Kunti Kamara’s trial reignites debate over Liberia’s war crimes tribunal

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Is investigating war crimes possible today in Liberia? The question arises more than ever after the first trial in France for crimes committed during the Liberian civil wars delivered its verdict on Wednesday, November 2. After sixteen days of hearings, the Paris Assize Court sentenced Kunti Kamara, former commander of the United Liberation Movement of Liberia for Democracy (Ulimo), to life imprisonment for “acts of barbarism” and “complicity in crimes against humanity”.

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The court, made up of three professional magistrates and six jurors, found the 47-year-old Liberian to be “CO Kundi” (for commanding officer), a former rebel leader who brought terror to the town of Foya (north-west) by committing a series of abuses between June 1993 and the end of 1994. Along with other Ulimo leaders, including the bloodthirsty “Ugly Boy” (naughty boy), Kunti Kamara was notably found guilty of having participated in the torture of the teacher David Ndeminin, whose heart had been torn out and then eaten.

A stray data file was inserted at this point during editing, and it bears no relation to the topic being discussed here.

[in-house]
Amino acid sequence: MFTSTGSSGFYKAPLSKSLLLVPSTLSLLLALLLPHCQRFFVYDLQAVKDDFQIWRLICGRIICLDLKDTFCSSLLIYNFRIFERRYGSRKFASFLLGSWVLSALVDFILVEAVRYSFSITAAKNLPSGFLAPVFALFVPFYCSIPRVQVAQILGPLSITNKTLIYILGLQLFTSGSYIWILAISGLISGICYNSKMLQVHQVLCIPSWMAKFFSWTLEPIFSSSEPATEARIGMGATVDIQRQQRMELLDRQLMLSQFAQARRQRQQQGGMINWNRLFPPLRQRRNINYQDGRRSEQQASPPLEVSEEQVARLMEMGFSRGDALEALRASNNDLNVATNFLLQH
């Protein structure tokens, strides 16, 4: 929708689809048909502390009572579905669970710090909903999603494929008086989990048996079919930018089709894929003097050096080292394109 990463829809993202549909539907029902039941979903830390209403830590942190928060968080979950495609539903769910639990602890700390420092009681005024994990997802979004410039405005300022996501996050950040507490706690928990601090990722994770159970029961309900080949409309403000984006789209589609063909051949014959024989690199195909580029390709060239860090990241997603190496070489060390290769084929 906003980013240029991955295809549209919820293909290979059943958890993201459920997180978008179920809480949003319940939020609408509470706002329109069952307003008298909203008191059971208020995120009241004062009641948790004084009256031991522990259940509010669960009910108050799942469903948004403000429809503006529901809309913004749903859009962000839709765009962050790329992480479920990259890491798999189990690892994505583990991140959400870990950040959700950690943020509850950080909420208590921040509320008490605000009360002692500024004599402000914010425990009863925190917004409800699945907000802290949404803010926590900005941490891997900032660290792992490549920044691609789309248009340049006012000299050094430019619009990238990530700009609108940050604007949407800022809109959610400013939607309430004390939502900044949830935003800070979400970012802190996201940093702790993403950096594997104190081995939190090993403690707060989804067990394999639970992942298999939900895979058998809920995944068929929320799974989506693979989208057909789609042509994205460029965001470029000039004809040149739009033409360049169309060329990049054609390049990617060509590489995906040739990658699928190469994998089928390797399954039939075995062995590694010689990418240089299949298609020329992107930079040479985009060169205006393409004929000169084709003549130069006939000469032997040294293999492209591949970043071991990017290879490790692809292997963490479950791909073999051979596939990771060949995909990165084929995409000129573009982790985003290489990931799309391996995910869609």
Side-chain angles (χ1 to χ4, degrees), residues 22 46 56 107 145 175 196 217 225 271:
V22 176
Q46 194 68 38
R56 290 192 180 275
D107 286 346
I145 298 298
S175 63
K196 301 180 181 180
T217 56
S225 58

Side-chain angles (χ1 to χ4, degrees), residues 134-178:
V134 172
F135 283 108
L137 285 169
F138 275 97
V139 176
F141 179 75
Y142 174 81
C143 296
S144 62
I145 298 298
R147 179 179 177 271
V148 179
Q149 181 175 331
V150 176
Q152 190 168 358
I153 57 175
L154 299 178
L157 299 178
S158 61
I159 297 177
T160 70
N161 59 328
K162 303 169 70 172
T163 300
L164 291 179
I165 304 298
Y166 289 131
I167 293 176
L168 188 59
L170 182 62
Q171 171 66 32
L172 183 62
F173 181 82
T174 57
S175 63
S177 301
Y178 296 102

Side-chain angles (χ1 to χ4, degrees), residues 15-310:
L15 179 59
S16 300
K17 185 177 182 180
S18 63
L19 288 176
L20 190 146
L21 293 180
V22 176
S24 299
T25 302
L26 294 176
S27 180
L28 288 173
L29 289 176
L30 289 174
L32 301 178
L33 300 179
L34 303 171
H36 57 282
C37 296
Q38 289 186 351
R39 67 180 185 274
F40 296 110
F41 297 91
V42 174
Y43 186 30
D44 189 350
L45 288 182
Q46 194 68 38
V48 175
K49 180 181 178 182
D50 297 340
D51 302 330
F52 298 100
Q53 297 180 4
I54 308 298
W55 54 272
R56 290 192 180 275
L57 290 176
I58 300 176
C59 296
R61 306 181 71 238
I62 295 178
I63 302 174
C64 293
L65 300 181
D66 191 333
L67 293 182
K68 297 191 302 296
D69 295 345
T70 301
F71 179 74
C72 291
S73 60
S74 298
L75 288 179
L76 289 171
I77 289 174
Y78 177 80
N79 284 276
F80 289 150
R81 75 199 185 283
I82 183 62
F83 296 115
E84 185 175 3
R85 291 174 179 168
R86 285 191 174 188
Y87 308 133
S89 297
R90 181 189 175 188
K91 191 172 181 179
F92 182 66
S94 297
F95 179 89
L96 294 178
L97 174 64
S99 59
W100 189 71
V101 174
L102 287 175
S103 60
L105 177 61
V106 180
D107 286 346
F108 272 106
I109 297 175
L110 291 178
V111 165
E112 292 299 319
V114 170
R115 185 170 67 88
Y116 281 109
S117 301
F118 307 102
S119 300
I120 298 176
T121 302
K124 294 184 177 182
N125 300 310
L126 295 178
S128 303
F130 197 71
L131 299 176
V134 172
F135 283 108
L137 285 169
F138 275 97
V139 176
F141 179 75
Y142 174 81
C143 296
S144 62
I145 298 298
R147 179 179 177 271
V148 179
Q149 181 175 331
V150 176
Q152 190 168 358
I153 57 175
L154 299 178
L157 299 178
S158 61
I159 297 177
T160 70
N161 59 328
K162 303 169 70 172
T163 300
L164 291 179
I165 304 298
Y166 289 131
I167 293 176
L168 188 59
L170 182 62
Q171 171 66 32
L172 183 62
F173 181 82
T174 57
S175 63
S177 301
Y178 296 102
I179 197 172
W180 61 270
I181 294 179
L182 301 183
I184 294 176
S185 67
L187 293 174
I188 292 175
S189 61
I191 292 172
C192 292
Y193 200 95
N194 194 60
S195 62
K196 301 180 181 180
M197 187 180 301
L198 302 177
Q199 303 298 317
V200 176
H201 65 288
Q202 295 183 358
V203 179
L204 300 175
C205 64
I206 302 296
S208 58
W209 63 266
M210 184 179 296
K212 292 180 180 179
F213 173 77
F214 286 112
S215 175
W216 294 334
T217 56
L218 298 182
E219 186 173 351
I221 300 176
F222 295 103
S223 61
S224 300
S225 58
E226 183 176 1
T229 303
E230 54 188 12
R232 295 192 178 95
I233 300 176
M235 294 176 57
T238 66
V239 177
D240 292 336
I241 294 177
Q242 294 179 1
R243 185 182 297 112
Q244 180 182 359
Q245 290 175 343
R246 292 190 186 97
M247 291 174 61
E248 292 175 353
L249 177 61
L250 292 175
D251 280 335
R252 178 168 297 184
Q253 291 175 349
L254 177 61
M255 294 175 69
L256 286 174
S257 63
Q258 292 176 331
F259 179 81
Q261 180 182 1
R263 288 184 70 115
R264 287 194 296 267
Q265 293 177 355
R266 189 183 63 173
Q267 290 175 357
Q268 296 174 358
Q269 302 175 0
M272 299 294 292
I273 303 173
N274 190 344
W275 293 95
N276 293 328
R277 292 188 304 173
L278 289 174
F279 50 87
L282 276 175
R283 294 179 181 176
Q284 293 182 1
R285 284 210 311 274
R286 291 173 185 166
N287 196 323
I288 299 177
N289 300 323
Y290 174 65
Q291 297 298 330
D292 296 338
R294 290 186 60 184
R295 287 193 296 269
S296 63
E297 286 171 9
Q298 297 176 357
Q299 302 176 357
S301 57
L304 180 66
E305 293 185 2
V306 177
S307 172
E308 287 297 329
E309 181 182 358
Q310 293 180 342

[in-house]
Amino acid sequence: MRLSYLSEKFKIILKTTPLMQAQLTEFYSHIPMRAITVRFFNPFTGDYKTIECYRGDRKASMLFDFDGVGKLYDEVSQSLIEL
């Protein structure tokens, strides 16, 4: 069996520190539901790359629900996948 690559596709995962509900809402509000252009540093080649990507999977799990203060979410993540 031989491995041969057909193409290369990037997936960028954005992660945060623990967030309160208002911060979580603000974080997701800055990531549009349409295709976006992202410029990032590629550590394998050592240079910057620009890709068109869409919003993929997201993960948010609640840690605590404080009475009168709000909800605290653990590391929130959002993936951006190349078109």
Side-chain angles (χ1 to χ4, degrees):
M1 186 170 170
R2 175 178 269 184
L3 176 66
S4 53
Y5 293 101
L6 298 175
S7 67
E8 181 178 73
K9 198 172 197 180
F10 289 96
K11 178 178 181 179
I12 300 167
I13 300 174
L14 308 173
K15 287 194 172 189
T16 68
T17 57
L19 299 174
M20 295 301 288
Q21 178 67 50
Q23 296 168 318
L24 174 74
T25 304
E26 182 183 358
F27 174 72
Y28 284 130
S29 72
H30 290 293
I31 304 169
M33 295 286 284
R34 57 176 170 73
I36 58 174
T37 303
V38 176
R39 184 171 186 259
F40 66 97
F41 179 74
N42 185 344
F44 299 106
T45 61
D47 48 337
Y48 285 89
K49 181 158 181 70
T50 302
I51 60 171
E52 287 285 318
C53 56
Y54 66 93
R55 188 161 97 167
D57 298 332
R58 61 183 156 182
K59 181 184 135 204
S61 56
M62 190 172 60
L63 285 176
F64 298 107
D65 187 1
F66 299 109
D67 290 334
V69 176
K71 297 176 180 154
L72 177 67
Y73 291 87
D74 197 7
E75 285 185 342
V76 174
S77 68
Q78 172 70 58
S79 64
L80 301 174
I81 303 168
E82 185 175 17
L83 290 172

Arrested in the Paris region in 2018, Kunti Kamara was tried in Paris under the “universal jurisdiction” exercised under certain conditions by France to try the most serious crimes committed outside its territory. About twenty witnesses from Liberia took the stand. They described executions, rapes, massacres and beatings of unprecedented violence. Even if their testimonies sometimes seemed imprecise, they constituted sufficiently tangible evidence in the eyes of the jurors.

A historical judgment

Six other trials of former rebel leaders from the Liberian civil wars have already taken place before that of “CO Kundi”. In 2019, in Philadelphia, Mohamed Jabbateh alias “Jungle Jabah” was convicted of perjury for trying to conceal his role as a commander in Ulimo when he applied for asylum in the United States. The American justice sentenced him to thirty years in prison. In Switzerland, Alieu Kosiah was tried in 2021. This relative of Kunti Kamara was sentenced to twenty years in prison for the murder of 19 people, the use of a 12-year-old child soldier and the repeated rape of a villager. . His appeal trial will be held in January.

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